institutions as the division of labor, bureaucracy, and commodity fetishism.

As for the modern State, Brin takes a position quite similar to that taken
in Reg Whitaker's peculiar book The End of Privacy: How Total Surveillance
is Becoming a Reality.

A weak government is not a guarantee of freedom [Brin says.] It is a
guarantee of chaos that will be followed by tyranny. What we need is a
strong government that is totally subject to scrutiny so that every mistake
that they make will be pounced upon.

Though we find ourselves in complete agreement with Brin's assessment of "a
weak government," we find it appalling that anyone would prefer more poison
to less, rather than no poison at all. Our position is that, if there is
anything "we" the People need, it is the abolition of any external governing
body, and the instauration of universal self-government, so that "scrutiny"
of the actions of others is totally unnecessary and can be completely
dispensed with.

Typical of someone well-conditioned by capitalism and its State, Brin's
attitude towards both the widespread use of surveillance cameras and the
emergence (imposition) of "the transparent society" is utterly passive.

Cameras are proliferating like locusts [Brin says, using a peculiarly
Biblical metaphor]. In Britain they've tied in face-recognition systems to
scan pedestrians in search of wanted criminals. Nothing you or I do will
stop this. No law will prevent it. Banning the cameras will only drive this
technology underground and ensure it's monopolized by some elite group.

To prevent "monopolization," Brin would have us do nothing and allow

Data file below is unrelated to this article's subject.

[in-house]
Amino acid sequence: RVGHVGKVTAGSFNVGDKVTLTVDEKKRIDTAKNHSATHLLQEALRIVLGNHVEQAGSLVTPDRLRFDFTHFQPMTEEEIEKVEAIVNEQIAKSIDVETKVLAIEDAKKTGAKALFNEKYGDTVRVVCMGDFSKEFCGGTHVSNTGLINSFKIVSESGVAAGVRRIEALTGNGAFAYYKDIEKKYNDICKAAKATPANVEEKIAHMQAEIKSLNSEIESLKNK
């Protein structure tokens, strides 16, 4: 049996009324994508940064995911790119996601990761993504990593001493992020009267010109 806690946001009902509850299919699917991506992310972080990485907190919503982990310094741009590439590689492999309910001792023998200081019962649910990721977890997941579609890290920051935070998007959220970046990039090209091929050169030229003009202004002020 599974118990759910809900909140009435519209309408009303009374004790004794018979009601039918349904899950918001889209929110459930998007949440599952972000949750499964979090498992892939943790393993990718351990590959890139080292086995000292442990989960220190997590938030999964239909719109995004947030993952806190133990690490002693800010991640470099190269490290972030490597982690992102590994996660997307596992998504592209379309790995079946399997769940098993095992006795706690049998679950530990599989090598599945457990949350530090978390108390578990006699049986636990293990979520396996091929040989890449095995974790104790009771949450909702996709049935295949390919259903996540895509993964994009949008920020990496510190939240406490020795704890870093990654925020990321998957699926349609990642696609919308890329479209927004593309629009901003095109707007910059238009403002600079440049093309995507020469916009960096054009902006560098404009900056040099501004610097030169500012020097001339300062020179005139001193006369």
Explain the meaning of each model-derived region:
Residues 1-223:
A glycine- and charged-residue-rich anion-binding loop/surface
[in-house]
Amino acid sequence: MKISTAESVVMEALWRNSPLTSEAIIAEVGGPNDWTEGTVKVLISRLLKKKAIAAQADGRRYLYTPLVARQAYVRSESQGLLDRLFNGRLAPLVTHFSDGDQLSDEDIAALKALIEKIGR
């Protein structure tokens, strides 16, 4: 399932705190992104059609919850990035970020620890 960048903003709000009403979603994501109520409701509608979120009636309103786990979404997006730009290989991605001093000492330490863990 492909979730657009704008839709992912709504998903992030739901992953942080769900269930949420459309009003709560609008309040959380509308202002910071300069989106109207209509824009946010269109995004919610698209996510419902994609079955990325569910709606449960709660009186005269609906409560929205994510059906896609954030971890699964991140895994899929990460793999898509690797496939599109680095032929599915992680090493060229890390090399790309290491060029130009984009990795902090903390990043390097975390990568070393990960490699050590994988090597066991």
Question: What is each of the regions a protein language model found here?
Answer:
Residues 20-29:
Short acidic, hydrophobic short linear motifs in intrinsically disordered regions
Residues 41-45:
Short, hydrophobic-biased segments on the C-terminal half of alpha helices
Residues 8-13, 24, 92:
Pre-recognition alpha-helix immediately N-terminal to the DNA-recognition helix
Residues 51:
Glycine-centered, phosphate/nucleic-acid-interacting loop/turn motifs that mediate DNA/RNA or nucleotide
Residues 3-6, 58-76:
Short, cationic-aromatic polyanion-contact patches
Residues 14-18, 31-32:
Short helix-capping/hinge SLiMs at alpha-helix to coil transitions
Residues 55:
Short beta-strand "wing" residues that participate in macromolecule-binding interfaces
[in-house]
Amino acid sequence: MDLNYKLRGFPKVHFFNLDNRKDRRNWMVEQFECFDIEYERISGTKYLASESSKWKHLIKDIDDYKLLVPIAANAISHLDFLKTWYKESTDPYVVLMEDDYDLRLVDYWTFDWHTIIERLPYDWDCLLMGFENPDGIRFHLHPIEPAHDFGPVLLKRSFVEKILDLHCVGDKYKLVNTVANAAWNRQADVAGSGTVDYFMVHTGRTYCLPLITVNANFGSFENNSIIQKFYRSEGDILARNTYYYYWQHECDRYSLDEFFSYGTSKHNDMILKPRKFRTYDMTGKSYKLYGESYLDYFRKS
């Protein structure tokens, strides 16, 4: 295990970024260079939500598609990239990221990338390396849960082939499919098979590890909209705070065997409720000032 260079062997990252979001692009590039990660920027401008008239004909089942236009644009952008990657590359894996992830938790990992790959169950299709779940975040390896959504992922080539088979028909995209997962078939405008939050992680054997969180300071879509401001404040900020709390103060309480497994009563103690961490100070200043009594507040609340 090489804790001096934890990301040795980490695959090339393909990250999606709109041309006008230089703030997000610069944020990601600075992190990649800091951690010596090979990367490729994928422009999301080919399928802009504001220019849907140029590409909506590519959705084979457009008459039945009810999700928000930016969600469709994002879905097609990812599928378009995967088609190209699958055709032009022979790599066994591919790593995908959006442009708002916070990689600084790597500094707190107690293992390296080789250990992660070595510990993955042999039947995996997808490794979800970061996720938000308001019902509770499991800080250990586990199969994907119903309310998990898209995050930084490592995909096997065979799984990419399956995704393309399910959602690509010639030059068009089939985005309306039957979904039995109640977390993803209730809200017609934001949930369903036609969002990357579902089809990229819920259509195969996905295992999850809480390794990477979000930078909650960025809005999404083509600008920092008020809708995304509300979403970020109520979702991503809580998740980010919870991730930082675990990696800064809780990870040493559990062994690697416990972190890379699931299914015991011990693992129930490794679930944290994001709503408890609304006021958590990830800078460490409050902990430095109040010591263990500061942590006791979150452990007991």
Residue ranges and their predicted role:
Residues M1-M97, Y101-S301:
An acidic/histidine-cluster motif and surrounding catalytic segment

surveillance technology to proliferate and be used by everyone against
everyone else. "Nobody ever thinks of the reciprocal transparency solution
to these problems and that's taking cameras and shining it back on them,"
Brin says, his metaphor suggesting that a surveillance camera -- apparently
an active projector rather than a passive receptor of light -- "shines the
light of truth" upon whomever it is focused. "The light of truth" will, in
Brin's words, "force" the "gossips and patricians" to be "polite" and
"courteous" -- force being the operative word here.

We are going to have to learn something we knew in the old villages, and
that's courtesy [Brin says]. For our own safety's sake. We aren't going to
be able to hide anything. We'll be safe because our enemies won't be able to
hide anything either. But does that make it pleasant if everybody knows
everything? The only thing that will make it pleasant is if we grow up a

But "reciprocal transparency" -- using surveillance technologies to surveill
the surveillants -- is no solution at all. Quite obviously, "reciprocal
transparency" simply gives up on and denigrates the fight to defend and
reiterate our constitutional rights to free speech and anonymity, and to
protection from unreasonable searches of our persons. Furthermore,
"reciprocal transparency" is clearly irrational and a doomed strategy:
justified in the name of preventing the total surveillance of all by a small
minority, "reciprocal transparency" inaugurates the total surveillance of
all by all. The "solution" of "two-way transparency" or "omnidirectional
surveillance" -- like the Cold War "solution" of mutually assured
destruction -- is in fact the generalization of the problem (the war of all
against all) to the point of universal crisis. There is and will be nothing
"safe" or "pleasant" about the transparent society, that is, the universal
destruction of the rights to privacy, anonymity and free assembly: it will
be nothing other than the mass murder of social life.


Not surprisingly, Brin doesn't offer a clear definition of "the
transparent." Starting fresh, we take "transparent" to mean the following:
1) pervious solid objects that do not scatter light or prevent its direct
transmittal; 2) people or statements that are without deceit or pretense; 3)
behavior or speech whose hidden intention or nature is obvious and easily
detected, despite deceit or pretense; and 4) behavior or speech whose
meaning is clear and easily understood. That is to say, "transparency" is a
physical property of certain objects, as well as a metaphor for a jumble of